“Del Porto Ristorante. It’s run by an award-winning husband and wife chef team, and is known for using local ingredients,” she said. “And they make their own pastas.”
Sounds good to me.
6pm: Good and fresh
Del Porto sits on Boston Street in the heart of Covington and, like the town itself, exudes casual elegance. Glass-and-steel lights hang from the high ceiling, and windows look out on a street scene that showcases the graceful lines of the restored Mission-style boutique Southern Hotel, where we’d be spending the night.
When our food arrived, fragrant steam was rising from my perfectly flaky grilled yellowfin tuna. Lemon-whipped potatoes complemented the fish beautifully. Colleen savored her garlic and rosemary chicken, which we learned was sourced from nearby Good Food Farm.
The chefs are known for their support of local produce and of the Covington Farmer’s Market, held just blocks from Del Porto. The freshness was evident.
Day 2: Eat, drink, and be merry
10am: Stroll and snack
The next morning, we made our way to the Covington Farmers Market for our own look at the Northshore’s bounty. “I wish we were going to be here longer and had a kitchen!” Colleen said in appreciation of stalls full of gorgeous, picked-that-morning produce and an array of prepared foods: regional specialties like stuffed artichokes, Delta tamales, and Creole cream cheese. We wandered, drinking dark Louisiana coffee, sampling Italian fig cookies and listening to live music played in the gazebo in the middle of it all. We bought souvenirs—amazing local raw honey and blueberry jam—before heading to cute and quirky Abita Springs, just 10 minutes east of Covington.
1pm: Hops, a skip, and a jump away
At Abita Brew Pub, we chatted with friendly locals and tasted almost everything on tap. It’s the original home of Abita Brewery, which outgrew the space a long time ago and moved a short way down the road (and offers popular tours). The pub is a great spot to try Abita’s numerous brews. In the end, we each went for one of the pub’s eight flagship brews—for me, the Amber lager, made with German Perle hops with a malty, slightly caramel flavor. Colleen ordered Purple Haze, a mixture of pilsner and wheat malts with a swirl of real raspberries.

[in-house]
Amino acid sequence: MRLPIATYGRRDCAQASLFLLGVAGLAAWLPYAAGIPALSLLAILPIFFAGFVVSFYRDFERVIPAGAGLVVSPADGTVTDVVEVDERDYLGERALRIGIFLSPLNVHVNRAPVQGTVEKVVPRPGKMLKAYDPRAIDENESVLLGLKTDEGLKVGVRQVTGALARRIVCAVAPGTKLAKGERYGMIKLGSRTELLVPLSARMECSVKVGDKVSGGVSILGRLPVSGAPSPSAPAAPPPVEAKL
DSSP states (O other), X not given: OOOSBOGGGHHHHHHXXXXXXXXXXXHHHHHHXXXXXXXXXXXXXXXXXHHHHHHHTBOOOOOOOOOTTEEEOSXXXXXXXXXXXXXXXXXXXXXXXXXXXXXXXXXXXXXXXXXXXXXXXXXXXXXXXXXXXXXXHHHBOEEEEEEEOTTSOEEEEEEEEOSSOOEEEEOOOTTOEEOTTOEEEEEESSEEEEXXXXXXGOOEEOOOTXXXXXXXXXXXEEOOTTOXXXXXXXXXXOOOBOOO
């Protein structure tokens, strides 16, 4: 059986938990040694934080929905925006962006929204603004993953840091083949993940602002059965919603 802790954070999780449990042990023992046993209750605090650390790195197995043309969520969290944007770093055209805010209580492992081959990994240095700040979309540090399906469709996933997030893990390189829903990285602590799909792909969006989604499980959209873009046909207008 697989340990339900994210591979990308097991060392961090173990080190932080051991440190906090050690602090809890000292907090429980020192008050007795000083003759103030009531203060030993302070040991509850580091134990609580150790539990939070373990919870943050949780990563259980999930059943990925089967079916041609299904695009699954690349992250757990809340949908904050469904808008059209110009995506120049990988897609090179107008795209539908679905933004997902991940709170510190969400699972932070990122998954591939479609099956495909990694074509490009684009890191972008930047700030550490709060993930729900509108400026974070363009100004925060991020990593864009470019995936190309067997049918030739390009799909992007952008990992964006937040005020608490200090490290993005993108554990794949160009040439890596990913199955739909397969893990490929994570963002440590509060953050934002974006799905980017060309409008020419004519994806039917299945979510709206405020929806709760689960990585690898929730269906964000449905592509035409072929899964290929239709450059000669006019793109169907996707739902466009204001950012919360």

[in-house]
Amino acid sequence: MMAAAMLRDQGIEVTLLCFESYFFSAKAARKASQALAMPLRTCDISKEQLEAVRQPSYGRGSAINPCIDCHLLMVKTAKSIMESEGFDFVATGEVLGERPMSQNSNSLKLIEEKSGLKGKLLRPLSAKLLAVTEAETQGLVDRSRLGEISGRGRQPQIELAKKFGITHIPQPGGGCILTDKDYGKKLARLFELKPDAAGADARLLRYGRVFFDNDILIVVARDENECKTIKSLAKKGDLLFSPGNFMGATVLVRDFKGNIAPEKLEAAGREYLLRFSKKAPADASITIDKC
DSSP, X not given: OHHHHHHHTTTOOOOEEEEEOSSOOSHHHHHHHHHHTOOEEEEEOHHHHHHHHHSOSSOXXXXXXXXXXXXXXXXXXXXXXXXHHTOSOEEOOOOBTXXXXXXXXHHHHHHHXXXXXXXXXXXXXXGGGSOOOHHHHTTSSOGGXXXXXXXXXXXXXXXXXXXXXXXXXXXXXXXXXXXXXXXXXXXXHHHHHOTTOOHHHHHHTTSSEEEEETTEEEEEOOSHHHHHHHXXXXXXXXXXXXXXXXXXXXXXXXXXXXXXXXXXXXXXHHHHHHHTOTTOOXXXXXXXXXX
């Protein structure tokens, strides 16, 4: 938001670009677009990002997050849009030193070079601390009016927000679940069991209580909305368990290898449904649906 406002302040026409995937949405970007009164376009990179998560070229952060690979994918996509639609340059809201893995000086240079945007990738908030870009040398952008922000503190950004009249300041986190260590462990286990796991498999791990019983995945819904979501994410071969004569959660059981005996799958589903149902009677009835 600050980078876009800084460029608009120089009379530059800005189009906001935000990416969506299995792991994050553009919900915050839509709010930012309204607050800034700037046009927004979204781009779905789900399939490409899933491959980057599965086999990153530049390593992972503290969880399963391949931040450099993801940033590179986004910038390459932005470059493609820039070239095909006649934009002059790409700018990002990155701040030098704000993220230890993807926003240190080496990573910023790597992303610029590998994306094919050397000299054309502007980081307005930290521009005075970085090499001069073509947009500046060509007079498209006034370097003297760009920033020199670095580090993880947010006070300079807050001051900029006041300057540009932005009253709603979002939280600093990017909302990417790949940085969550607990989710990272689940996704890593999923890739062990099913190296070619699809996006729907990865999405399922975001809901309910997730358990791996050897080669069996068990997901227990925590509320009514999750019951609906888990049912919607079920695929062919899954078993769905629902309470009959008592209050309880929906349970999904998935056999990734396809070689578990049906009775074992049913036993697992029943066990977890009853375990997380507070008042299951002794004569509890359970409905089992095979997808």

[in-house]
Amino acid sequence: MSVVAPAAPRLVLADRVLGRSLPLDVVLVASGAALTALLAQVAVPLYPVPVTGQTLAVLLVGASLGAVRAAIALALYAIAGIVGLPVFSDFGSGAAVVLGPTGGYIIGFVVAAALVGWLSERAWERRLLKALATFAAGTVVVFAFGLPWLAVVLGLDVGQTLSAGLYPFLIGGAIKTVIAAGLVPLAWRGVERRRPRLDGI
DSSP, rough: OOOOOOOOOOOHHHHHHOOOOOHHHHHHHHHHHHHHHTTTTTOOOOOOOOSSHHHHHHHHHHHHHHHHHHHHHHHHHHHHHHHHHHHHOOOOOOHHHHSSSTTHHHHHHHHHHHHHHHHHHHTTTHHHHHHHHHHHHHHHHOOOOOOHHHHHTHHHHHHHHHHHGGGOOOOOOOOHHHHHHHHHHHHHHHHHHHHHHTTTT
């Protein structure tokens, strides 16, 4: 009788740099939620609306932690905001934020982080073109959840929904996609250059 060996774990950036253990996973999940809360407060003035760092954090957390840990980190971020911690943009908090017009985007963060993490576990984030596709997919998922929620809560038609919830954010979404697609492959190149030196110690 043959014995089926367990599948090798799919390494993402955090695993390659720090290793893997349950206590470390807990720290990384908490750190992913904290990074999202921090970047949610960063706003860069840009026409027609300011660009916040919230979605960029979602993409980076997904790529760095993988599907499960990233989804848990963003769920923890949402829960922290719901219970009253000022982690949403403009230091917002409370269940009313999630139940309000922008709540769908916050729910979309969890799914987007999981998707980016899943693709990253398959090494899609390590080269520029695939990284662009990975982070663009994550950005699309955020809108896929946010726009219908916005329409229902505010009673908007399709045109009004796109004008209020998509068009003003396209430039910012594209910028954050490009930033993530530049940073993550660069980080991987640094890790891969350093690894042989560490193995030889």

6:30pm: Another winner
We couldn’t resist fitting in one last meal to top off our trip. Oxlot 9’s multiple-award-winning chef, Jeffrey Hansell, is a true southerner, having grown up on the Gulf Coast, and his dinner offering did not disappoint. We sat at the Chef’s Table, where we could see everything assembled right in front of us.
The food is not only delicious but also visually stunning. Colleen had the pan-fried rabbit—rabbit rolled into a sphere with sweet ham and mozzarella and then breaded and pan-fried, served with a side of sweet potato hash. I dug into the roasted chicken and dumplings made of creole cream cheese potato gnocchi. As if all that hadn’t been indulgent enough, we ended with wine and Oxlot 9’s famous Campfire dessert: house-made graham cracker crust, chocolate ganache, smoked ice cream—I didn’t know such a thing existed—toasted meringue and caramel sauce. I don’t think I’ll rightly call anything else “dessert” again for the rest of my life.
As we sipped our wine, I thought of Jim and Anne, who had prompted our St. Tammany side trip. They told us we’d find authentic Louisiana and great food, and we did. We clinked in their honor.